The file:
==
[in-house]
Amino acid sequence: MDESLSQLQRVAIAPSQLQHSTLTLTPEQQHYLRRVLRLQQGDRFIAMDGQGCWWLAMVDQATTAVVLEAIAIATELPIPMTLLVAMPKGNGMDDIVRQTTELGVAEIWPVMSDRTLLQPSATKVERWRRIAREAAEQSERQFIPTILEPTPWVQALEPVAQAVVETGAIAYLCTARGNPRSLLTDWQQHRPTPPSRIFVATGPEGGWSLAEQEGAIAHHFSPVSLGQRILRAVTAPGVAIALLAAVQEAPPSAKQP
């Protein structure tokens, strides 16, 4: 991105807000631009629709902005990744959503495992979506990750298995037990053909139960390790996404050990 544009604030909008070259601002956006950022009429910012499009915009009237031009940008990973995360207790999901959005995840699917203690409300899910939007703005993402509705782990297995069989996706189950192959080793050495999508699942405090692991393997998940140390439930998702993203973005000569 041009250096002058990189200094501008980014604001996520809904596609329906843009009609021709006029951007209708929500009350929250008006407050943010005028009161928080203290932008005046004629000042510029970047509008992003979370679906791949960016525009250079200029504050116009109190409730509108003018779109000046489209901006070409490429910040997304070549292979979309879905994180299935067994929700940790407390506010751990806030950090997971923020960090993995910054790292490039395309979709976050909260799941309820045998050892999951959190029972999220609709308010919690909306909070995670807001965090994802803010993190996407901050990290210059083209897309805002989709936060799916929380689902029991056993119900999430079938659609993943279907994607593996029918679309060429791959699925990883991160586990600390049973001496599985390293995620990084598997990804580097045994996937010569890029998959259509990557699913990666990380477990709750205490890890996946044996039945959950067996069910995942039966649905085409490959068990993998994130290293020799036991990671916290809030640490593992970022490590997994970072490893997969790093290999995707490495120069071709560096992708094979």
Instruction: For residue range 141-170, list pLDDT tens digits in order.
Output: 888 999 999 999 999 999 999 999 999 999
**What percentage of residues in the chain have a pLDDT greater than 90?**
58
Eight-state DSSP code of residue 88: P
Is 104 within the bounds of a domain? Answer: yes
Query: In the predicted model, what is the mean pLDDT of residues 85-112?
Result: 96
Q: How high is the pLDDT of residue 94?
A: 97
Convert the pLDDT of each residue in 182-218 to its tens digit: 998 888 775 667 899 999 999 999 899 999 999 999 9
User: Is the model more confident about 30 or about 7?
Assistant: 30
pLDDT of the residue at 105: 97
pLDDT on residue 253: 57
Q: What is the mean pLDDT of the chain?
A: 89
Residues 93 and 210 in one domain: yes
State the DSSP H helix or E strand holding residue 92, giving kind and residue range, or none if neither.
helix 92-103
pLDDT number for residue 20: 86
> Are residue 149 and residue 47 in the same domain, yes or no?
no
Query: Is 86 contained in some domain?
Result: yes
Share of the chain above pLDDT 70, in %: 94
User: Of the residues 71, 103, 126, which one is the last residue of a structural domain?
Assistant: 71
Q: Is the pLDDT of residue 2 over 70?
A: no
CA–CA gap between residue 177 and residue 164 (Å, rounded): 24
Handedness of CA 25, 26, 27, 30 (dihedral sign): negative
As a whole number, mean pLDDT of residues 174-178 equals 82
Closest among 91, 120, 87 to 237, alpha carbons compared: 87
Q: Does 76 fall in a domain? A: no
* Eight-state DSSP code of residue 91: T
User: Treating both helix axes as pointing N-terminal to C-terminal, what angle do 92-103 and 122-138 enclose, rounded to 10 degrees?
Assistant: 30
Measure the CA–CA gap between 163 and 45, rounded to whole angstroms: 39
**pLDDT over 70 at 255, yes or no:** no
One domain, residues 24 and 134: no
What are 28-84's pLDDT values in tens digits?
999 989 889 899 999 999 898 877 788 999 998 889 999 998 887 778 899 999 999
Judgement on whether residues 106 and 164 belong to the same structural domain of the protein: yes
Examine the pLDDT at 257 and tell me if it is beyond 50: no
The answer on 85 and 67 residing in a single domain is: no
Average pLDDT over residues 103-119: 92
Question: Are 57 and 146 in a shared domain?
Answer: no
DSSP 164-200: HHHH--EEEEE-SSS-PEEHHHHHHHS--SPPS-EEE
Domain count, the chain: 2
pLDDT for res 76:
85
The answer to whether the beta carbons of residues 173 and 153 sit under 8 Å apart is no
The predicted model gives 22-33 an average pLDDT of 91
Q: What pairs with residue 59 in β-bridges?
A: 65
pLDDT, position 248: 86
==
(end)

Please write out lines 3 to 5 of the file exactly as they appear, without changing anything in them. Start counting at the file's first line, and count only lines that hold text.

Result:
């Protein structure tokens, strides 16, 4: 991105807000631009629709902005990744959503495992979506990750298995037990053909139960390790996404050990 544009604030909008070259601002956006950022009429910012499009915009009237031009940008990973995360207790999901959005995840699917203690409300899910939007703005993402509705782990297995069989996706189950192959080793050495999508699942405090692991393997998940140390439930998702993203973005000569 041009250096002058990189200094501008980014604001996520809904596609329906843009009609021709006029951007209708929500009350929250008006407050943010005028009161928080203290932008005046004629000042510029970047509008992003979370679906791949960016525009250079200029504050116009109190409730509108003018779109000046489209901006070409490429910040997304070549292979979309879905994180299935067994929700940790407390506010751990806030950090997971923020960090993995910054790292490039395309979709976050909260799941309820045998050892999951959190029972999220609709308010919690909306909070995670807001965090994802803010993190996407901050990290210059083209897309805002989709936060799916929380689902029991056993119900999430079938659609993943279907994607593996029918679309060429791959699925990883991160586990600390049973001496599985390293995620990084598997990804580097045994996937010569890029998959259509990557699913990666990380477990709750205490890890996946044996039945959950067996069910995942039966649905085409490959068990993998994130290293020799036991990671916290809030640490593992970022490590997994970072490893997969790093290999995707490495120069071709560096992708094979």
Instruction: For residue range 141-170, list pLDDT tens digits in order.
Output: 888 999 999 999 999 999 999 999 999 999